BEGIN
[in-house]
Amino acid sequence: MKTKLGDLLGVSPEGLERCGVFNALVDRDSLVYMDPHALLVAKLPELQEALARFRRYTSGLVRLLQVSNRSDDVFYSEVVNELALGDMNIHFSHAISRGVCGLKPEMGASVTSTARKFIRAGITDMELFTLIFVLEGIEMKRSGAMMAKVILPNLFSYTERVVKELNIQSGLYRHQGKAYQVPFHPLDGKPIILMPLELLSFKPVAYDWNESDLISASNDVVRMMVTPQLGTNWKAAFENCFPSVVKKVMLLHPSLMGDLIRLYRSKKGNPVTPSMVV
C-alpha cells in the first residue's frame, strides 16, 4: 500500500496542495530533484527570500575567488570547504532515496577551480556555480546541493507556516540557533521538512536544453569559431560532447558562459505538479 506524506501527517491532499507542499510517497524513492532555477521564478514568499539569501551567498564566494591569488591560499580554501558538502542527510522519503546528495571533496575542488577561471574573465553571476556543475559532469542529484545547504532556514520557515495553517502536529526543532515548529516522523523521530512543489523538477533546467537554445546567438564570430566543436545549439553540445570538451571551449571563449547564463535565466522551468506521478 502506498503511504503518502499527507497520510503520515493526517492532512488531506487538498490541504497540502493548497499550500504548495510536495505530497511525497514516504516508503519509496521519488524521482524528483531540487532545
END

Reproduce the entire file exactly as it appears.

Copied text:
[in-house]
Amino acid sequence: MKTKLGDLLGVSPEGLERCGVFNALVDRDSLVYMDPHALLVAKLPELQEALARFRRYTSGLVRLLQVSNRSDDVFYSEVVNELALGDMNIHFSHAISRGVCGLKPEMGASVTSTARKFIRAGITDMELFTLIFVLEGIEMKRSGAMMAKVILPNLFSYTERVVKELNIQSGLYRHQGKAYQVPFHPLDGKPIILMPLELLSFKPVAYDWNESDLISASNDVVRMMVTPQLGTNWKAAFENCFPSVVKKVMLLHPSLMGDLIRLYRSKKGNPVTPSMVV
C-alpha cells in the first residue's frame, strides 16, 4: 500500500496542495530533484527570500575567488570547504532515496577551480556555480546541493507556516540557533521538512536544453569559431560532447558562459505538479 506524506501527517491532499507542499510517497524513492532555477521564478514568499539569501551567498564566494591569488591560499580554501558538502542527510522519503546528495571533496575542488577561471574573465553571476556543475559532469542529484545547504532556514520557515495553517502536529526543532515548529516522523523521530512543489523538477533546467537554445546567438564570430566543436545549439553540445570538451571551449571563449547564463535565466522551468506521478 502506498503511504503518502499527507497520510503520515493526517492532512488531506487538498490541504497540502493548497499550500504548495510536495505530497511525497514516504516508503519509496521519488524521482524528483531540487532545